In second and fourth grades and then again in grades seven and eight, my teacher’s comments were remarkably similar. In fact, when report cards came out my family had a running dinner table joke to see who could most accurately predict the comments. It wasn’t very hard.
Teddy is a delight to have in class when he follows directions.
If Teddy would socialize less and concentrate on his work more, he would find school more pleasurable.
When Teddy applies himself, he is one of our strongest students. Unfortunately, he doesn’t apply himself very often.
We would like to see Teddy control his impulses, pay closer attention, and disrupt his classmates less.
The truth is that my comments didn’t change much over my years in school, but the emphasis and relationships with teachers did. I highlight grade 2, 4, 7 and 8 because these were years when I was unconnected to an adult in my schools (but fortunately I was at home). And, so, these comments didn’t have much impact on me, and they certainly didn’t change my behavior.
What did change my behavior and my performance in school was my relationship with my teachers in grades 1, 3, 5, and 6: Mrs. Zito, Mrs. Bouchard, Mrs. Edmunds, Mr. Morgan, and Mrs. Lembo. According to my parents, I was still chatty, still social, still a bit of a class clown, but these teachers converted my energy and distractibility into curiosity and focus. And when things were really working well, they channeled my tendencies into projects, stories, performance, and plays.
In a recent article by David Brooks (who will deliver the opening keynote at SXSW EDU next week), he wrote, “It reminded us what teachers really teach is themselves--their contagious passion for their subjects and students. It reminded us that children learn from people they love, and that love in this context means willing the good of another, and offering active care for the whole person.” Here’s the link if you would like to read the entire article.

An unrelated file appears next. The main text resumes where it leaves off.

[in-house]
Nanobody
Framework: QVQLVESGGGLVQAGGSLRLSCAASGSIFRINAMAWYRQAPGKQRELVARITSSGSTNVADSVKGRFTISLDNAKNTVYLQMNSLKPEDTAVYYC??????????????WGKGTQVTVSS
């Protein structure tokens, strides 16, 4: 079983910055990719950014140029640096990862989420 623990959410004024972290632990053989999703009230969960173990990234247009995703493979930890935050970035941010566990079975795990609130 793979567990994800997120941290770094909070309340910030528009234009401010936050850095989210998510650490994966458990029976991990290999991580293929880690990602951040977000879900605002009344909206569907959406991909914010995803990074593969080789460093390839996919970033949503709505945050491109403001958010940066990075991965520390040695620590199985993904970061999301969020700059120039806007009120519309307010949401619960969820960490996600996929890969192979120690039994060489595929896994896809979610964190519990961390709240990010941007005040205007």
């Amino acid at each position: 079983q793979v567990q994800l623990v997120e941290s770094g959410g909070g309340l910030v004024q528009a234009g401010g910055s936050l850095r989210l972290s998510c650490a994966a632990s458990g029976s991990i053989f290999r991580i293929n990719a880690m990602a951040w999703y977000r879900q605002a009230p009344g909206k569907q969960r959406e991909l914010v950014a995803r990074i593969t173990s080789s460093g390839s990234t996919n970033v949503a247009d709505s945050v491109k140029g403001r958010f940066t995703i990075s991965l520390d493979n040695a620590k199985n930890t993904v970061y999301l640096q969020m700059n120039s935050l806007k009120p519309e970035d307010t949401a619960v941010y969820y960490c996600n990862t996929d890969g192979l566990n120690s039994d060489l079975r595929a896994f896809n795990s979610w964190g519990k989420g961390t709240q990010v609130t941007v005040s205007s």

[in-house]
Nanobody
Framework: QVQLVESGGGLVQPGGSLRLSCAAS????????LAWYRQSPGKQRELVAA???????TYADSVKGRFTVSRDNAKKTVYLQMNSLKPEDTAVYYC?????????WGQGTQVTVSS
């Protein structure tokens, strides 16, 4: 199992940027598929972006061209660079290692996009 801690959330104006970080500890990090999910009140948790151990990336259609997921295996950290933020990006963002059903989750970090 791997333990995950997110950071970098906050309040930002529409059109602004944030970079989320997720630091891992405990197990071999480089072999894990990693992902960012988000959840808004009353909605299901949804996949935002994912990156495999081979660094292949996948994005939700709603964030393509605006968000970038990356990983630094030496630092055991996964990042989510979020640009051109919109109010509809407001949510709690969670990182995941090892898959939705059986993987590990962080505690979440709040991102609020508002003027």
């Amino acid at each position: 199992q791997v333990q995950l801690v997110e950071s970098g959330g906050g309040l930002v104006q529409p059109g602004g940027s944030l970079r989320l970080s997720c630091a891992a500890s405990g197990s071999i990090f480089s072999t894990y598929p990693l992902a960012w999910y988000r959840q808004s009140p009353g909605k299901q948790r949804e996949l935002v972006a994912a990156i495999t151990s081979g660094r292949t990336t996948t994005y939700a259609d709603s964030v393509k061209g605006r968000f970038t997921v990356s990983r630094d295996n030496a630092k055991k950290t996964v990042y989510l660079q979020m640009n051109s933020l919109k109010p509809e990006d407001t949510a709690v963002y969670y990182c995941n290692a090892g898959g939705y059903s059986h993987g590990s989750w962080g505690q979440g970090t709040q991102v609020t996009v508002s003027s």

One of the many things I love about Headwaters is that students actively reflect on their own work and efforts, over and above any insight or observations our guides make. Our students, starting in fourth grade, lead their own conferences. Students are asked to interpret the comments made about their work and think about them with people who love them--their parents and their guide(s). While it may not work for every student in every conference, our processes are designed to be intrinsic, and to be “owned” by the learner/the student. After all, ultimately, their education is their own.
Nine years ago, my wife, Amy, and our oldest child, Emily, sat down for what would be the first of many college planning meetings (kind of parent-teacher conferences on steroids). As I remember it, the meeting was light-hearted but lots was asked of Emily by the college counselor (not Lisa D by the way) -- SAT planning, initial college essay thoughts, preliminary lists about colleges, etc. As we wrapped up, I noticed Emily gazing at her lists. I wondered how she was feeling. Something in me managed to pause and ask, “Em, what do you need of us in this process?” It turned out to be the right question at the right time.
Next week during conferences, may we focus on our kids and their interpretations of their work. May we ask them what they need to do their best. May we remember that the education is theirs.